This will be the 15th time the hosts have had the opportunity to contest the tournament final, and the first since Egypt defeated Les Elephants to win their fifth crown in Cairo 18 years ago.
Considering the intoxicating highs of the last week, it’s become easy to forget just how bleak things had become for the West African giants earlier in the campaign, and how astonishing their run to Sunday’s date with destiny has actually been.
Cast your minds back to Jan. 24, only 18 breathless days ago. This was the lowest ebb. The Ivorians had been smashed 4-0 at home by Equatorial Guinea, ranked 88th in the world, and had just parted ways with their head coach Jean Louis Gasset. At the time of the Frenchman’s exit, on the back of their underwhelming group-stage campaign, the Ivorians didn’t yet know that they would progress to the knockout stages.
By the final whistle of their disastrous outing against Equatorial Guinea, they required a series of results in the other groups to go their way in order for the hosts — with three points and a minus three goal difference — to advance to the round of 16 as one of the three lucky losers.
With calculators firmly at the ready in the Ivorian team camp, one by one, those results came in, with qualification eventually being confirmed only hours after Gasset’s departure, as Morocco defeated Zambia 1-0 in San-Pedro. The Elephants found themselves progressing — statistically the worst ever group stage team to do so at a Nations Cup — but without a head coach.
It’s at this point that Gasset’s erstwhile assistant Emerse Faé, a 40-cap utility man for the national side during his playing career, steps firmly into centre-stage, as the Ivorian Football Federation turned to him to hold the tiller to see out the rest of the campaign. Now, the Ivorians are referring to Faé as the “Special One,” even though he’d never managed a full senior competitive game before Jan. 29.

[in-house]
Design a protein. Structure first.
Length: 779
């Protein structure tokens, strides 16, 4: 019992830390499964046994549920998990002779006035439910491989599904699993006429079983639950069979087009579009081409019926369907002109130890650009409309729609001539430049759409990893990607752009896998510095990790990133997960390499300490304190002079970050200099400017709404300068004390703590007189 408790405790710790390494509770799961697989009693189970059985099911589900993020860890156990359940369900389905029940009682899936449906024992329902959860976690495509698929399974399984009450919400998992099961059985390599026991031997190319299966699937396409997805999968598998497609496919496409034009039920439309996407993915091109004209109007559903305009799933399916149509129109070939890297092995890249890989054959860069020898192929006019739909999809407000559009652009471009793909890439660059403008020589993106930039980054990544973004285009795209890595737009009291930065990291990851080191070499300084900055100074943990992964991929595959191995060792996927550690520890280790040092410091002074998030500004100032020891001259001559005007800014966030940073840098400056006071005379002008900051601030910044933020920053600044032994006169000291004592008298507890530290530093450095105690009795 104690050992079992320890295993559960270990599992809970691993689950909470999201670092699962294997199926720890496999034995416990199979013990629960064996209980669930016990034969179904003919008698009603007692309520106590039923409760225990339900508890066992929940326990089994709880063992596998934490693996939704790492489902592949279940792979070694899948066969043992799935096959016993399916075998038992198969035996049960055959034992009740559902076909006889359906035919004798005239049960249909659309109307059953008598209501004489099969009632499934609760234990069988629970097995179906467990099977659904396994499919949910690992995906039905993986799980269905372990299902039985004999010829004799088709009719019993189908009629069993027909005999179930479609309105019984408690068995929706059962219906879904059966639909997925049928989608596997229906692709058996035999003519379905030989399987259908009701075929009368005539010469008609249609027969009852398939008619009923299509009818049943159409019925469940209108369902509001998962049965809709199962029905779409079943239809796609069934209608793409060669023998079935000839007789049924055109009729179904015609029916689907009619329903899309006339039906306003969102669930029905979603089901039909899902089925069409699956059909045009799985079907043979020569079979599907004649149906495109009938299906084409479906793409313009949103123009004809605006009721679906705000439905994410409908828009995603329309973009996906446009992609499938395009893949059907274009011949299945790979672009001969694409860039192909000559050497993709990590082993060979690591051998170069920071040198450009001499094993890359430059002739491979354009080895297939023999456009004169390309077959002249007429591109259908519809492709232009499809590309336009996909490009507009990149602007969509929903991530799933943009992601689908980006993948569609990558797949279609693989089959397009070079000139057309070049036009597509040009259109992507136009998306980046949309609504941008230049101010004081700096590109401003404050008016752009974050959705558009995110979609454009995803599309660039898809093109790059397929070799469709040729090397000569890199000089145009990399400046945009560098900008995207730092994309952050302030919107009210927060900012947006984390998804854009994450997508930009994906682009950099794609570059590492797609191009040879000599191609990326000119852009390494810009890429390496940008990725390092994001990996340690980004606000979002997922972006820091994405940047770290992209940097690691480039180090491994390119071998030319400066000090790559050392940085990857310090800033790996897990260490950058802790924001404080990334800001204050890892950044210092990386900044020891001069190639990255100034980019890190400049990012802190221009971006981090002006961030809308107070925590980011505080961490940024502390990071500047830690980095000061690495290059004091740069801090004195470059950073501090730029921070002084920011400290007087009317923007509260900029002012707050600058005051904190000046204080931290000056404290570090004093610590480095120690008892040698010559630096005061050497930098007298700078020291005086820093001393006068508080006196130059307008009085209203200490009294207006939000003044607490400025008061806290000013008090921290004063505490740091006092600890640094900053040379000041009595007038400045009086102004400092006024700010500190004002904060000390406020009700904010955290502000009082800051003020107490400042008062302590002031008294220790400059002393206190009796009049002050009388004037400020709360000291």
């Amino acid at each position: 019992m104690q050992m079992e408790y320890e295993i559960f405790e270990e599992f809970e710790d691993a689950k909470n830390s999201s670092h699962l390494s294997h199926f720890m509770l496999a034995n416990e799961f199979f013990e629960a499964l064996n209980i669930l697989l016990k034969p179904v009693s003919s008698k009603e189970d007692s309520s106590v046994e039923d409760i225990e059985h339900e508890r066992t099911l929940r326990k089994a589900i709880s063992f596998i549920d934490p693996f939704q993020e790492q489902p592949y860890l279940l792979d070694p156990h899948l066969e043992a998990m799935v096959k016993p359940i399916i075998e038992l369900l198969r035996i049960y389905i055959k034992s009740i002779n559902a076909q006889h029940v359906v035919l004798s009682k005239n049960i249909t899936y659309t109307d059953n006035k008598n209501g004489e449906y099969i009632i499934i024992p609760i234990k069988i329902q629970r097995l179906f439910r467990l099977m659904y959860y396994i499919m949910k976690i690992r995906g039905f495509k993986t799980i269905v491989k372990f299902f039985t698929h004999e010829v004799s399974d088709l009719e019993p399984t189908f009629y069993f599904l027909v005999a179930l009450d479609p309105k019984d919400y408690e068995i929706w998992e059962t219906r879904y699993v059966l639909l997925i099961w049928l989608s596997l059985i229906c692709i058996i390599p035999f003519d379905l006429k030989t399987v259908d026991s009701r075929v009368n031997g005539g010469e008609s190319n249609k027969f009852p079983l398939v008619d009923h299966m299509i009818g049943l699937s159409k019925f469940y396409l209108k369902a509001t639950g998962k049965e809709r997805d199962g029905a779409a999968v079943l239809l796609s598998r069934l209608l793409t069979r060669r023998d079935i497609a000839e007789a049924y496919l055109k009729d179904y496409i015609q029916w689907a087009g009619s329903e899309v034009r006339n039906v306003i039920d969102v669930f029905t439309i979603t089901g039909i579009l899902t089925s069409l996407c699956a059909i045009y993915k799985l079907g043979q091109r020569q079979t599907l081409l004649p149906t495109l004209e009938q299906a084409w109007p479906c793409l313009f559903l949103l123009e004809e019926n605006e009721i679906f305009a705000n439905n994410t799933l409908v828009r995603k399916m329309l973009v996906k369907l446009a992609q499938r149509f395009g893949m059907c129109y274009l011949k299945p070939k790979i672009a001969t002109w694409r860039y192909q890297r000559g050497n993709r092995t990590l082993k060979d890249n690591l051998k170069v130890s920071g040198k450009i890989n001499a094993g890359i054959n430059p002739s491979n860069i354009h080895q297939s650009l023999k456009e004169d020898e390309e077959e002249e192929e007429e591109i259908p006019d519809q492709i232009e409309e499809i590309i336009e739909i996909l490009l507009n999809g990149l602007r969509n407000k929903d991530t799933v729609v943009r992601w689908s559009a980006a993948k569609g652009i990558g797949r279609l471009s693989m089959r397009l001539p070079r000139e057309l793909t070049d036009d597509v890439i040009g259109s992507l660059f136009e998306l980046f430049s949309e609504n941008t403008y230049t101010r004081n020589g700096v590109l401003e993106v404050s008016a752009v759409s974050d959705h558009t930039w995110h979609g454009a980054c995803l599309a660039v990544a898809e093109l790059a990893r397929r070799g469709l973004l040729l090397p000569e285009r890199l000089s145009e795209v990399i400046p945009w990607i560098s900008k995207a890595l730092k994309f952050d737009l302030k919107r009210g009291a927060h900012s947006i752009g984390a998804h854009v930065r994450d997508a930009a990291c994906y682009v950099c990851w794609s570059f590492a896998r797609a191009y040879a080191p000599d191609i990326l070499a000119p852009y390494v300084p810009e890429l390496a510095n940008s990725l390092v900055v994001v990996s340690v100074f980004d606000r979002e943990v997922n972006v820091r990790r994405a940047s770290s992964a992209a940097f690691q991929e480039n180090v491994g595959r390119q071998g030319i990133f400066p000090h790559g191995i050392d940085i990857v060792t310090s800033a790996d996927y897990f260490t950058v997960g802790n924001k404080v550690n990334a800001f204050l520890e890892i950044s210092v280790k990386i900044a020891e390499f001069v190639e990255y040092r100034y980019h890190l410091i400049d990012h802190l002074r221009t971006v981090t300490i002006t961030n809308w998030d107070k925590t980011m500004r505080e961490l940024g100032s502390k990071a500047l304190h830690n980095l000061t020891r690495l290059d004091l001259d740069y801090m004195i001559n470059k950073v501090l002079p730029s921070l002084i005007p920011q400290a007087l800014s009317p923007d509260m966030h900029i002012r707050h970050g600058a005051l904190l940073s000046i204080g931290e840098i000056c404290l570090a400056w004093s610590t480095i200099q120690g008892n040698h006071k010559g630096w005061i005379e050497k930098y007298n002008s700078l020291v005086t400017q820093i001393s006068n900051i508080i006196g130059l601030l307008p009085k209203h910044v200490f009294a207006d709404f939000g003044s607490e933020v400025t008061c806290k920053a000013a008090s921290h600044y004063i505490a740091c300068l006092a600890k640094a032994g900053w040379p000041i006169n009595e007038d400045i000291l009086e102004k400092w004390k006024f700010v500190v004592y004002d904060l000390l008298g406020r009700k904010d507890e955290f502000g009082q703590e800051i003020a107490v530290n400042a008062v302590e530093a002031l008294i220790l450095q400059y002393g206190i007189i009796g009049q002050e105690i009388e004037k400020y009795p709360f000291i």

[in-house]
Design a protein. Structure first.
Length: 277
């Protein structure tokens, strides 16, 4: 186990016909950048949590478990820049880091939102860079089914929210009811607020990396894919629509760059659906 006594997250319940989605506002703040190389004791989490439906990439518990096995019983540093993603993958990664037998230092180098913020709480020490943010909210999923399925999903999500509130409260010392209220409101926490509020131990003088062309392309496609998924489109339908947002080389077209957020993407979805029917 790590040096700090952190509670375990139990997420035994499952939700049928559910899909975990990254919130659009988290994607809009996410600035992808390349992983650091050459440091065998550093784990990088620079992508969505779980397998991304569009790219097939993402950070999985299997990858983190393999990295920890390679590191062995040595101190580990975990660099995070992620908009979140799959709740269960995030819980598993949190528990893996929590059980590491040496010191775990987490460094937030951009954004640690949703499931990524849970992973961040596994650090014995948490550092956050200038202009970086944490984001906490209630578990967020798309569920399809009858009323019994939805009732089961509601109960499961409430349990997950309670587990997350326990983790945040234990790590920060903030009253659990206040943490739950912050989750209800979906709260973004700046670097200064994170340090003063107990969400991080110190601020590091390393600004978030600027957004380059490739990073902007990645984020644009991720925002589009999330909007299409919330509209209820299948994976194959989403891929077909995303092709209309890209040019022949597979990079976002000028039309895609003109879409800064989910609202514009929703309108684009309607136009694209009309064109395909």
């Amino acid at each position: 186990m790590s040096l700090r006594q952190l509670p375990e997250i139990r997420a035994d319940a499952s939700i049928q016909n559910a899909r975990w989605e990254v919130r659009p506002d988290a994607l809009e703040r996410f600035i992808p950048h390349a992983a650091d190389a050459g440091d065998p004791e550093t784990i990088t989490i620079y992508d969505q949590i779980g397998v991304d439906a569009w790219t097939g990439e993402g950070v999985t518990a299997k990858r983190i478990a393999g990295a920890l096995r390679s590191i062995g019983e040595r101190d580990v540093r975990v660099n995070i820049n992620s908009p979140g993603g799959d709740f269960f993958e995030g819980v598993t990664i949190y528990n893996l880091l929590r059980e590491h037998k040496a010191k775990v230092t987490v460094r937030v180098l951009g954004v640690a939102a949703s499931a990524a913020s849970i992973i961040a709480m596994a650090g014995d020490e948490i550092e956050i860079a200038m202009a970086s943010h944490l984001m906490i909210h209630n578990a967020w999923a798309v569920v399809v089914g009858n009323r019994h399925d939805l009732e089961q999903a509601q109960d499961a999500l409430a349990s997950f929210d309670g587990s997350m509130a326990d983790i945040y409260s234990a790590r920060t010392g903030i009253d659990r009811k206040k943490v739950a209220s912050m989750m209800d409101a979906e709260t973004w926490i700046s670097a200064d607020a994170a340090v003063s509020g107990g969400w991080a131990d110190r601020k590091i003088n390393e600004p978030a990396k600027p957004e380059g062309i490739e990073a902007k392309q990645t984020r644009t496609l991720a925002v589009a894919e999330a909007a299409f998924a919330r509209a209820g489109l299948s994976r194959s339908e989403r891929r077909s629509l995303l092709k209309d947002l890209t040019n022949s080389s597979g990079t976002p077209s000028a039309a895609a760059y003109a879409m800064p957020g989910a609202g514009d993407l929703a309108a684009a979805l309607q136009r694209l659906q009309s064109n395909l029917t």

As I wrote on Feb. 3, following the Elephants’ shock round-of-16 elimination of tournament holders Senegal, it was difficult to pinpoint exactly which had been the most astonishing element of the hosts’ campaign at that point. Was it the historic 4-0 battering by Equatorial Guinea, the dismissal of a head coach mid-tournament, progressing despite their miserable record, the late equaliser and penalty shootout victory of Senegal?
The quarterfinal against Mali took things to another level. Ivory Coast, in truth, looked jittery and nervous despite dispatching the reigning champions, with the hapless Odilon Kossounou seeing red in the 43rd minute during a horror display, with Mali earlier having had a penalty turned down by VAR, before missing another after the defender’s first bookable offence.
In the intense heat and humid conditions, going down to 10 men looked fatal for the Elephants, particularly when Nene Dorgeles opened the scoring 71 minutes from time. Buoyed on by an electric crowd in Bouaké, however, Simon Adingra equalised in the 90th minute to take the contest to extra time, but with the 10-men Ivorians increasingly sapped, it appeared only to be prolonging the inevitable.
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Veteran Max-Alain Gradel later claimed that it was hearing the supporters spontaneously singing L’Abidjanaise — the country’s national anthem — during the prolongation that gave the team the additional encouragement for one final push. The result was Oumar Diakité’s 122nd-minute back- heeled flick that diverted a rasping Seko Fofana into the Mali net and sent the Ivorians through to the final four.
It was the most famous victory for the national side since the Golden Generation finally claimed the Nations Cup title by defeating Ghana in Bata in 2015, and arguably — in terms of the way it emotionally united the country — even surpassed that.
The semifinal victory over the Democratic Republic of Congo was relatively sedate by comparison, although there was still opportunity for Sébastien Haller, a shadow of himself during this tournament, in truth, as he continues his recovery from an ankle injury, to leave his mark on the competition. Drafted into the starting XI, Haller scored the only goal of the game with an acrobatic volley — a moment of inspiration that few other Elephants could have mustered — to settle the contest in the 65th minute.